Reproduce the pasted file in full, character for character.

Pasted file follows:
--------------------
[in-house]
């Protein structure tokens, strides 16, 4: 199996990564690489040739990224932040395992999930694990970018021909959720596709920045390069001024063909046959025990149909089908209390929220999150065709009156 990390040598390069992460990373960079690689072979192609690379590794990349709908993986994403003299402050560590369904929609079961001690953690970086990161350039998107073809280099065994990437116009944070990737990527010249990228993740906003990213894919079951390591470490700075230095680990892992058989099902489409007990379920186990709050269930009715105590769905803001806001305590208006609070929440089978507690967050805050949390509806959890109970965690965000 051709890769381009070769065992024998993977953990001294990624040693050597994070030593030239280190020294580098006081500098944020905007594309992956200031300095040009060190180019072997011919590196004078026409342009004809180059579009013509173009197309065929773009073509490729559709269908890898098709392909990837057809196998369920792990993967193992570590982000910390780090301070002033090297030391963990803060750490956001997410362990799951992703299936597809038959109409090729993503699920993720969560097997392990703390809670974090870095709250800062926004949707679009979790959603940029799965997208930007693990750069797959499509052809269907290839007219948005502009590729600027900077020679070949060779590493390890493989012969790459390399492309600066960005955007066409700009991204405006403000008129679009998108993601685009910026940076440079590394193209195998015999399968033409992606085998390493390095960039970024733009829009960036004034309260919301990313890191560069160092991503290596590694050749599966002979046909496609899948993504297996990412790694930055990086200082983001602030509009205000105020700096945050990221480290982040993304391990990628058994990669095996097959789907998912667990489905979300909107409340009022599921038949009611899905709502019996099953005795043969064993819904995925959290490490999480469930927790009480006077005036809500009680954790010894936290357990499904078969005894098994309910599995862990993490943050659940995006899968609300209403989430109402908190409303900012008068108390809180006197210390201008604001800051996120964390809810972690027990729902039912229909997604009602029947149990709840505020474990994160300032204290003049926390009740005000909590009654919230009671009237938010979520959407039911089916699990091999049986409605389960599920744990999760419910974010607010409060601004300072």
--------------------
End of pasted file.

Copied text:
[in-house]
């Protein structure tokens, strides 16, 4: 199996990564690489040739990224932040395992999930694990970018021909959720596709920045390069001024063909046959025990149909089908209390929220999150065709009156 990390040598390069992460990373960079690689072979192609690379590794990349709908993986994403003299402050560590369904929609079961001690953690970086990161350039998107073809280099065994990437116009944070990737990527010249990228993740906003990213894919079951390591470490700075230095680990892992058989099902489409007990379920186990709050269930009715105590769905803001806001305590208006609070929440089978507690967050805050949390509806959890109970965690965000 051709890769381009070769065992024998993977953990001294990624040693050597994070030593030239280190020294580098006081500098944020905007594309992956200031300095040009060190180019072997011919590196004078026409342009004809180059579009013509173009197309065929773009073509490729559709269908890898098709392909990837057809196998369920792990993967193992570590982000910390780090301070002033090297030391963990803060750490956001997410362990799951992703299936597809038959109409090729993503699920993720969560097997392990703390809670974090870095709250800062926004949707679009979790959603940029799965997208930007693990750069797959499509052809269907290839007219948005502009590729600027900077020679070949060779590493390890493989012969790459390399492309600066960005955007066409700009991204405006403000008129679009998108993601685009910026940076440079590394193209195998015999399968033409992606085998390493390095960039970024733009829009960036004034309260919301990313890191560069160092991503290596590694050749599966002979046909496609899948993504297996990412790694930055990086200082983001602030509009205000105020700096945050990221480290982040993304391990990628058994990669095996097959789907998912667990489905979300909107409340009022599921038949009611899905709502019996099953005795043969064993819904995925959290490490999480469930927790009480006077005036809500009680954790010894936290357990499904078969005894098994309910599995862990993490943050659940995006899968609300209403989430109402908190409303900012008068108390809180006197210390201008604001800051996120964390809810972690027990729902039912229909997604009602029947149990709840505020474990994160300032204290003049926390009740005000909590009654919230009671009237938010979520959407039911089916699990091999049986409605389960599920744990999760419910974010607010409060601004300072």